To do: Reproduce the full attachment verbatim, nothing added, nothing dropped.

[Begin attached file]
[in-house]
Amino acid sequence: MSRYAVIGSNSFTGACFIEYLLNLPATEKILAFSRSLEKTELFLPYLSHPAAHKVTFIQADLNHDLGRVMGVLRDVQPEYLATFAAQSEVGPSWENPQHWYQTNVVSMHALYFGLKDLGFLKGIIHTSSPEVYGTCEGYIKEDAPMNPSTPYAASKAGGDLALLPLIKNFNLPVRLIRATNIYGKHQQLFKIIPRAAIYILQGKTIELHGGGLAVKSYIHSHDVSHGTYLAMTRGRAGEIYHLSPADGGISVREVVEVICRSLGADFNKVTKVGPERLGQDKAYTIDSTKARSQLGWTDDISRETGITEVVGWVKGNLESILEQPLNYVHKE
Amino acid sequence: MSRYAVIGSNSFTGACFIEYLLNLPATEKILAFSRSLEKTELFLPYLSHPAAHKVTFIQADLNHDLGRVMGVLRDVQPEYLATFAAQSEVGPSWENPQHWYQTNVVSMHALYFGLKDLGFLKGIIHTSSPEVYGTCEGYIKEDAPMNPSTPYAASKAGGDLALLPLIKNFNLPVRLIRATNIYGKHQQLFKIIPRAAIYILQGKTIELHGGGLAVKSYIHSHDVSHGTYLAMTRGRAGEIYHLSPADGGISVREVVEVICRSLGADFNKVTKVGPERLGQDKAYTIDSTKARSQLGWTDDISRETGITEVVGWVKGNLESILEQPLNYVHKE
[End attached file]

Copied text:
[in-house]
Amino acid sequence: MSRYAVIGSNSFTGACFIEYLLNLPATEKILAFSRSLEKTELFLPYLSHPAAHKVTFIQADLNHDLGRVMGVLRDVQPEYLATFAAQSEVGPSWENPQHWYQTNVVSMHALYFGLKDLGFLKGIIHTSSPEVYGTCEGYIKEDAPMNPSTPYAASKAGGDLALLPLIKNFNLPVRLIRATNIYGKHQQLFKIIPRAAIYILQGKTIELHGGGLAVKSYIHSHDVSHGTYLAMTRGRAGEIYHLSPADGGISVREVVEVICRSLGADFNKVTKVGPERLGQDKAYTIDSTKARSQLGWTDDISRETGITEVVGWVKGNLESILEQPLNYVHKE
Amino acid sequence: MSRYAVIGSNSFTGACFIEYLLNLPATEKILAFSRSLEKTELFLPYLSHPAAHKVTFIQADLNHDLGRVMGVLRDVQPEYLATFAAQSEVGPSWENPQHWYQTNVVSMHALYFGLKDLGFLKGIIHTSSPEVYGTCEGYIKEDAPMNPSTPYAASKAGGDLALLPLIKNFNLPVRLIRATNIYGKHQQLFKIIPRAAIYILQGKTIELHGGGLAVKSYIHSHDVSHGTYLAMTRGRAGEIYHLSPADGGISVREVVEVICRSLGADFNKVTKVGPERLGQDKAYTIDSTKARSQLGWTDDISRETGITEVVGWVKGNLESILEQPLNYVHKE